By Claire McGrath
I’ve written in some of my previous posts that my junior year of college was a difficult one for me. I felt very unbalanced, and I realized that I had to make a lot of changes. The summer was a rejuvenating time—I finally got the chance to take a step back, do some reflecting, and begin to feel balanced again. I felt more centered, peaceful, and tranquil than I had in a while. Now, a few months later, I’m in the midst of my senior year, and I’ve found, unsurprisingly, that it’s a lot harder to feel balanced when I’m juggling the competing responsibilities of my academics, my leadership responsibilities within the Office of Social Justice, my jobs, and my friendships. My challenge has been to hold onto that inner tranquility and centeredness that I found over the summer even in the midst of a busy schedule.
I’ve learned that there is a “good” kind of busy, and a “bad” kind of busy. I think that busyness can become damaging when it becomes an excuse to avoid depth. I remember in high school, when we had a substitute teacher, we would always be assigned what we referred to as “busy work,” which consisted of assignments that didn’t really have a purpose—they were simply designed to pass the time until our real teacher returned. These assignments were superficial and pointless; they weren’t actually developing us into better students. This is the bad kind of busy—the kind where our lives become so cluttered with tasks that we have no time for the things that are truly important, like our relationship with God, our connection to our family and friends, nurturing our own spiritual growth, and serving one another. Our lives become like a checklist, in which we focus more on the completion of tasks than the reasons behind the tasks. Efficiency and productivity hold more value than love. Excessive busyness of this kind can give our lives a superficial quality; we fill our lives with meaningless tasks to avoid confronting ourselves, God, and one another.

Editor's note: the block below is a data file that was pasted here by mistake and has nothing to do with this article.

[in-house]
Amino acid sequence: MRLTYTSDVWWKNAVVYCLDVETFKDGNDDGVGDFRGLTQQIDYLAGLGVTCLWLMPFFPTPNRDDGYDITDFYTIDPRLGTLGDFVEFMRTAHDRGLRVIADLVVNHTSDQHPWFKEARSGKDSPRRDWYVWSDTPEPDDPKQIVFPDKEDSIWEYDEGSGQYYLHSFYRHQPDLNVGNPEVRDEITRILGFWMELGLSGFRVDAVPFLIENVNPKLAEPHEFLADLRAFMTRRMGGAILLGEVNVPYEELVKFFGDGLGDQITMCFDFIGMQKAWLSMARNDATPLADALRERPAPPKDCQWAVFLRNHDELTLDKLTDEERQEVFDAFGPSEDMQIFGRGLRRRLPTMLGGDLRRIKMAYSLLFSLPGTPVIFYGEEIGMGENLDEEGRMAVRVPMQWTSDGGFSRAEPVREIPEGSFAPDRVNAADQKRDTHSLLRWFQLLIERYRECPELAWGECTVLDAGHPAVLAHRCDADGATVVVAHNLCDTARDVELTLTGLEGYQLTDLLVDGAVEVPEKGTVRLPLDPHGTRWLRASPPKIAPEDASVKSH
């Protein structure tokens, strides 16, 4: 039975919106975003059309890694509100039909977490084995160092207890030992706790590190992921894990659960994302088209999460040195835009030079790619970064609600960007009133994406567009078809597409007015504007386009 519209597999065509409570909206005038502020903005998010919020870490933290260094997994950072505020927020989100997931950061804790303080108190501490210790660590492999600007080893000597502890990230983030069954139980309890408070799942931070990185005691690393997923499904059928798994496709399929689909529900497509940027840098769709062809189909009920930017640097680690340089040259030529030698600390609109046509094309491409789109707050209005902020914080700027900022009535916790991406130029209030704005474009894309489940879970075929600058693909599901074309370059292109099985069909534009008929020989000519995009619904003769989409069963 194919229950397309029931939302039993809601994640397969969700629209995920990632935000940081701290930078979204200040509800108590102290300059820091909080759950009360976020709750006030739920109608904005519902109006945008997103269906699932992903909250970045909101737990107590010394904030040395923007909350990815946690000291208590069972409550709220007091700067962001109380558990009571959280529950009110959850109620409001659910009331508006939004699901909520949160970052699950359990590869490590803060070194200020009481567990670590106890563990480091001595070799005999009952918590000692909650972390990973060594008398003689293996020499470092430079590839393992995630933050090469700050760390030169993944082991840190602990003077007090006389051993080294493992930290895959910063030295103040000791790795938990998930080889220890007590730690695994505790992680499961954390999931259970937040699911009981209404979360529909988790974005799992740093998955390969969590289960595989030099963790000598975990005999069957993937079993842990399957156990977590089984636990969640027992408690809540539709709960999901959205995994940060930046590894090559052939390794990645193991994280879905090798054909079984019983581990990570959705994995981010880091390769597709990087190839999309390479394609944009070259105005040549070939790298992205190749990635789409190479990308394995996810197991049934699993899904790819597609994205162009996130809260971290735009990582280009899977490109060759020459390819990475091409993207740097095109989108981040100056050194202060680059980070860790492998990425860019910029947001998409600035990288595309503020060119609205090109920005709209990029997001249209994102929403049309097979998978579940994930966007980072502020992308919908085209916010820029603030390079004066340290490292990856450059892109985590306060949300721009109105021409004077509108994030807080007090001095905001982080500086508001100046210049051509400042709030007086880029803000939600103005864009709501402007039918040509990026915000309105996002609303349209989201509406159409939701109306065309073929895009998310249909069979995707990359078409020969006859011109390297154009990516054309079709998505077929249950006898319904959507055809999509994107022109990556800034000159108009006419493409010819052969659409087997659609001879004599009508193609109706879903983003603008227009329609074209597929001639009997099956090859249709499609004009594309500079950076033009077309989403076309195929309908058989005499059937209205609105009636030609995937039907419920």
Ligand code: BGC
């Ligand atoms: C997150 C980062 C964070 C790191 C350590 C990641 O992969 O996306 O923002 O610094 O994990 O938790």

The “good” kind of busy consists of the life of service and action that God is calling us to. In this kind of busy life, task completion is not the end to which we aspire; rather, tasks are means by which we serve God—they have purpose. This kind of busyness is enriching, rather than draining, because in a life filled with service to God, we create an inner space of tranquility where God and love reside. We must face the chaos of our surroundings with an inner stillness, where we can hear the voice of God clearly. It is this inner stillness that gives our day to day actions meaning. In our inner stillness, where all is quiet, God can speak to us. In the story of Elijah, the prophet expects to hear God in a roaring wind, an earthquake, and then a fire. Instead, he hears the voice of God comes to him as a still, small voice. We live in such a world where sometimes it is hard to find a quiet space, and so we must create this space inside of us where God can speak to us, reminding us that our actions are meaningless if they are not motivated by love. When we hold this inner tranquility at our center, our lives will be filled with the joyful busyness of loving one another.